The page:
The Short Film Festival for Portsmouth & Southsea.
Dylan Pank is offline   Reply With Quote
Old June 27th, 2008, 07:09 AM   #7
Major Player
 
Join Date: May 2006
Location: Boston, Massachusetts
Posts: 425
Quote:
Originally Posted by Dylan Pank View Post
Why Shakespeare? Shakespeare is pretty stylised by today's conventions. You might want to pick something a bit more modern. Shakespearian acting is a specific skills and you might have a hard time working with actors who aren't used to it.

Ibsen's A Doll's House has lots of good two hander scenes (though sometimes quite long) and the dialogue is quiet straightforward and contemporary, but there's usually lots of heavy subtext too, which is fun for the actors to work with.
Well, I was thinking if it comes out really well, maybe show it submit film festival. Then I was thinking of using something in the public domain. I don't know how an isolated scene of a play would fare at a festival, but it would be nice to have the option.
Dennis Stevens is offline   Reply With Quote
Old June 29th, 2008, 04:00 PM   #8
Major Player
 
Join Date: Nov 2004
Location: Portsmouth, UK
Posts: 611
It depends on the festival of course, but generally they won't be interested in anything that's not a complete self contained film.
__________________
Shorts::Cut - www.shortscut.org.uk
The Short Film Festival for Portsmouth & Southsea.
Dylan Pank is offline   Reply With Quote
Old June 29th, 2008, 08:40 PM   #9
Major Player
 
Join Date: Jun 2007
Location: Bozeman, MT
Posts: 215
Shakepeare does lend nicely to film, and it certainly does not need to be done in period, let alone period costuming. Many, many of his plays can be set in other times and settings. Kenneth Branaugh's resetting of Love's Labours Lost as a 1930's era musical was particularly clever. And of course Baz Luhrman's resetting of Romeo + Juliet is anything but a period piece.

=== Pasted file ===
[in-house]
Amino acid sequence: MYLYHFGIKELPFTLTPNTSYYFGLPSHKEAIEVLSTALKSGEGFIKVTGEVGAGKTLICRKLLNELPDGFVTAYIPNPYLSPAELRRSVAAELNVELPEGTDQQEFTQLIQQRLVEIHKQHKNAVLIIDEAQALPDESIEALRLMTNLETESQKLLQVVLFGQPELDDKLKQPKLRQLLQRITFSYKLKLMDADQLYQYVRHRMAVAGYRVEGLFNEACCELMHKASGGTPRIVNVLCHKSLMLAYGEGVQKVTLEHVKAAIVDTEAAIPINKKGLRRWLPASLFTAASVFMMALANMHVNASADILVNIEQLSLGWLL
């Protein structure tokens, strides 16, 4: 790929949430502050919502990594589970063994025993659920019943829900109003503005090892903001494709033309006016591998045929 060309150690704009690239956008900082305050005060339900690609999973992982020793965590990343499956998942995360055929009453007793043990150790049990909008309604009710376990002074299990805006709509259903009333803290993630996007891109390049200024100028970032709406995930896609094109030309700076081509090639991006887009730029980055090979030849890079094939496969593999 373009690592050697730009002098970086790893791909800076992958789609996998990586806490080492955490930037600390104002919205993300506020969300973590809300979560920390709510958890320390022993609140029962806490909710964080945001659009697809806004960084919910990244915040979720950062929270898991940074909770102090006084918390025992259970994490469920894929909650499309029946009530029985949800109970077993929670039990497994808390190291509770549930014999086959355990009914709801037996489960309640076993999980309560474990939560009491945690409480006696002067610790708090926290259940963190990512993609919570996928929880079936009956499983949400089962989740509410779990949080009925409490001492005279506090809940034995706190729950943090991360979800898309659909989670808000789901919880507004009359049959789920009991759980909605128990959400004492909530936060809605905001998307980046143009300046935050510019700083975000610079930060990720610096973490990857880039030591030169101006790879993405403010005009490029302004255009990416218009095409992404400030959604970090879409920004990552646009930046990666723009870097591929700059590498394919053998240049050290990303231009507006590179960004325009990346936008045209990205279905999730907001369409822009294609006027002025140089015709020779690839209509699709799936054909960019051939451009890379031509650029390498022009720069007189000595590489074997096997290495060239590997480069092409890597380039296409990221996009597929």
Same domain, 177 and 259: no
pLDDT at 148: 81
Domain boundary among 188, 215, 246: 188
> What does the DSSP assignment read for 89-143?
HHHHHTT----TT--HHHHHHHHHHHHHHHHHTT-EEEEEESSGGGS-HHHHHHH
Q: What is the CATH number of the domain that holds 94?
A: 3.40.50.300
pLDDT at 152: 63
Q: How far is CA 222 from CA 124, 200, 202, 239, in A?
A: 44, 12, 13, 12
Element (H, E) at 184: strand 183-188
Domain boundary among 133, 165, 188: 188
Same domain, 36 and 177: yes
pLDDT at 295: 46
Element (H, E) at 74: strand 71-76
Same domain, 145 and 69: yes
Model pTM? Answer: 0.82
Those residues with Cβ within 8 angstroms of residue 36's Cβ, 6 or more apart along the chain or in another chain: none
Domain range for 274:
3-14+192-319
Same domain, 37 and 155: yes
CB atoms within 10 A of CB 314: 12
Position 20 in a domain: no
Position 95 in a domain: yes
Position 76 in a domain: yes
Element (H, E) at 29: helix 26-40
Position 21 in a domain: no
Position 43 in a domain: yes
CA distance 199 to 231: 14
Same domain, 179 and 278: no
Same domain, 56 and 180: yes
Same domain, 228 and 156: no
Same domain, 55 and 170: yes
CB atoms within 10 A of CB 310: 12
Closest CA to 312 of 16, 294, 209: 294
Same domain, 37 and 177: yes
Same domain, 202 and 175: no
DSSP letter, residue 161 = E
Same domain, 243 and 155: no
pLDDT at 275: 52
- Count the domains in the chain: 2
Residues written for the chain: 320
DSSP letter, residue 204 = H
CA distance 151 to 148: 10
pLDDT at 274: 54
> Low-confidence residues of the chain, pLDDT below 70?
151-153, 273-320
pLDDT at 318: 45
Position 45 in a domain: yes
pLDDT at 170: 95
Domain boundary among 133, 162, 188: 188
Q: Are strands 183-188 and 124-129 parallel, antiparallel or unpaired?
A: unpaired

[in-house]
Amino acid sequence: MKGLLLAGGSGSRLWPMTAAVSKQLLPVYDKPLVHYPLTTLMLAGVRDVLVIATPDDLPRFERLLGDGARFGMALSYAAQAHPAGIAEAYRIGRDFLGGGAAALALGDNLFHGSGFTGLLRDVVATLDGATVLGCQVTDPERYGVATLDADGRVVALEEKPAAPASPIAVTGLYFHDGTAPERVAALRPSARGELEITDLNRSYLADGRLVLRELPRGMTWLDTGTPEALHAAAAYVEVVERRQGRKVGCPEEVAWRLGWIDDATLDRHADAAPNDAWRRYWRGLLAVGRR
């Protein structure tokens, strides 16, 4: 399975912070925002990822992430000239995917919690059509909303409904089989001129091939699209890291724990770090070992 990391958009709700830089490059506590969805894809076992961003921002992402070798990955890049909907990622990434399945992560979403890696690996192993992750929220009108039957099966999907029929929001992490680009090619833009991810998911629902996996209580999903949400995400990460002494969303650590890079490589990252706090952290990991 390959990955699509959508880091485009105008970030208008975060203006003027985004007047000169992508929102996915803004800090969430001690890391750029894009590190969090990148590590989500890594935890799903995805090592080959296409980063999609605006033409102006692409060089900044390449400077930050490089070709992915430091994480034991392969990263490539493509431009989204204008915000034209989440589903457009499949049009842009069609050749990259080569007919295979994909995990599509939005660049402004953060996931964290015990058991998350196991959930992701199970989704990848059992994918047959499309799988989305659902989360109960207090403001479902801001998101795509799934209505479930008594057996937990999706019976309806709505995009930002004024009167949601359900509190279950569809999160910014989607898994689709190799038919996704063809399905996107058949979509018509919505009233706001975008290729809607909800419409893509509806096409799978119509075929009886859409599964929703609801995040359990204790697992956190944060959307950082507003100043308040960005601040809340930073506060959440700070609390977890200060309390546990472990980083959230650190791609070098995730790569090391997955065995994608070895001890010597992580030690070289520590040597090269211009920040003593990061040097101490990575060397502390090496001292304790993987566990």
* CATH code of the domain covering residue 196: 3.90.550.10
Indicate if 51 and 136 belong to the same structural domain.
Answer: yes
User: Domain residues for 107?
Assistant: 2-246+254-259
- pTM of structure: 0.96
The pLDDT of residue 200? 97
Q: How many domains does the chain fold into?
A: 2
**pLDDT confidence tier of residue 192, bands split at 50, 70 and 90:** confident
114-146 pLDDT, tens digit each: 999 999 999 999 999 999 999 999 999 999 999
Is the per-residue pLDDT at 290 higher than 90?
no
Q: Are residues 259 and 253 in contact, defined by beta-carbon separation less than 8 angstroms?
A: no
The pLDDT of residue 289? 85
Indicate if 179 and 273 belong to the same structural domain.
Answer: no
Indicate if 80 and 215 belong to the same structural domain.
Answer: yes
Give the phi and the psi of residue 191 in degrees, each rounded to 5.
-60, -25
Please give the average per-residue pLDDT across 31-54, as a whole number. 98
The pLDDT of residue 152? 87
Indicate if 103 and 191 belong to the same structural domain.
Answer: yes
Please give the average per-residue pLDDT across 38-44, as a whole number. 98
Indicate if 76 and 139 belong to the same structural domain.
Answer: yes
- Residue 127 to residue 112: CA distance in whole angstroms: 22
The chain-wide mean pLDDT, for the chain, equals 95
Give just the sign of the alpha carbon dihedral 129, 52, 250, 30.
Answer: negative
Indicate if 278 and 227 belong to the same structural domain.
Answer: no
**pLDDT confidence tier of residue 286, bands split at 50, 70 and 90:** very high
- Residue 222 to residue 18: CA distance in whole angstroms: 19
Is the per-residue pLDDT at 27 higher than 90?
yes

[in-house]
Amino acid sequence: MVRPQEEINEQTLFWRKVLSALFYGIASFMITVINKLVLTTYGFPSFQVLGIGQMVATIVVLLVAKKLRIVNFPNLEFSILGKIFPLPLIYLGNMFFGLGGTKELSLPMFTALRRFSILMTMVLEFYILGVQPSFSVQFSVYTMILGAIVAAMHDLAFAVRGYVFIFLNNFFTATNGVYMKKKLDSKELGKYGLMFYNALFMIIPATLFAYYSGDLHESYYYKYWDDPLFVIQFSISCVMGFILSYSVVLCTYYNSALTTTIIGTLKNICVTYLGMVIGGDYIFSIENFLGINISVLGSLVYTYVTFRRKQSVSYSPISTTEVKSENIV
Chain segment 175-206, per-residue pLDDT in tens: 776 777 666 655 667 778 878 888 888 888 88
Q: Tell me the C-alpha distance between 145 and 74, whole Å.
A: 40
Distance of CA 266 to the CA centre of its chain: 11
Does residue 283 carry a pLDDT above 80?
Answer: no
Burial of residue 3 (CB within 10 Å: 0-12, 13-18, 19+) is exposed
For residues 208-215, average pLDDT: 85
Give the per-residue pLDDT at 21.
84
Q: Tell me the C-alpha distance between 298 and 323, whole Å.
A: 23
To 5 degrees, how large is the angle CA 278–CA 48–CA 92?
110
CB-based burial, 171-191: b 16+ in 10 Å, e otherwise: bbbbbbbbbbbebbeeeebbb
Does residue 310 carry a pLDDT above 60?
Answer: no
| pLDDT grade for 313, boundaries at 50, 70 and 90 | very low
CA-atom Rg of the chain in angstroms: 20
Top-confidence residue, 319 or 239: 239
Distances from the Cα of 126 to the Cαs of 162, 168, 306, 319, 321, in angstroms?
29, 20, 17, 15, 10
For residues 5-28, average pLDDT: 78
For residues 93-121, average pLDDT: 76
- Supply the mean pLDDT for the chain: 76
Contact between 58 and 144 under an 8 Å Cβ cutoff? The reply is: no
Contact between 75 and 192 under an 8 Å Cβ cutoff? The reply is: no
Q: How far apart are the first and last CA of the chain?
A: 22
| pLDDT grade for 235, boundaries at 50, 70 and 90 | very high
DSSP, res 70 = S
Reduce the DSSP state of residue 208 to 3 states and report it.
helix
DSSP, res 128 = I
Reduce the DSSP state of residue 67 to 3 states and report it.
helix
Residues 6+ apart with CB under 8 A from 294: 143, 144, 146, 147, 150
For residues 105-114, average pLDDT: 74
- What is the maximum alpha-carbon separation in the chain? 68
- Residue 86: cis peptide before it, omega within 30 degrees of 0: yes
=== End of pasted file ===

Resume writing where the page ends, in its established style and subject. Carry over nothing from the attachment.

Onstage I have done everything from Taming of the Shrew in the old west to The Comedy of Errors as -- get this -- an Arabic film company making a "Lawrence of Arabia"-inspired movie. This production, directed by actor/director Bill Pullman was great. during scene changes the cast spoke only in Arabic, and then began each scene by slating it.

I was also involved in a very ingenious production of A Midsummer Night's Dream which was a cross between punk rock and the then-popular night time drama series Dynasty.

In the right hands, you can really do a lot with Shakespeare without changing any of the words, but placing it in a different setting. In the wrong hands you can really make a big mess that no one would want to see. You have to have a strong concept, and my advice would be to not try it without a thorough understanding of the play you are adapting. Just doing a resetting for the novelty factor does not cut it. The story must always come first.

Good luck!
Frank Simpson is offline   Reply With Quote
Old August 16th, 2008, 07:59 PM   #10
Major Player
 
Join Date: Jul 2006
Location: Los Angeles, california
Posts: 228
I'd encourage you to start with a contemporary piece.

there are huge numbers of writers out there who have never had anything produced. Put an up on Craig's List LA for a short script and see what you get - you'll have hundreds of responses. What the writer gets in return is a work of theirs produced.

Read a couple hundred scripts and find something that you really, really like that uses locations you can get for free. No extras. No night time shoots. No scenes in classrooms or hospitals or labs. And go from there.

Shakespeare requires real skill to direct. Wait until you're comfortable working with really great actors before you tackle it.
Lori Starfelt is offline   Reply
Reply

DV Info Net refers all where-to-buy and where-to-rent questions exclusively to these trusted full line dealers and rental houses...

Professional Video
(800) 833-4801
Portland, OR

B&H Photo Video
(866) 521-7381
New York, NY

Z.G.C.
(973) 335-4460
Mountain Lakes, NJ

Abel Cine Tech
(888) 700-4416
N.Y. NY & L.A. CA

Precision Camera
(800) 677-1023
Austin, TX

DV Info Net also encourages you to support local businesses and buy from an authorized dealer in your neighborhood.
  You are here: DV Info Net > Special Interest Areas > Techniques for Independent Production

Thread Tools Search this Thread
Search this Thread:

Advanced Search

 



Google
 

All times are GMT -6. The time now is 10:10 AM.


DV Info Net -- Real Names, Real People, Real Info!
1998-2017 The Digital Video Information Network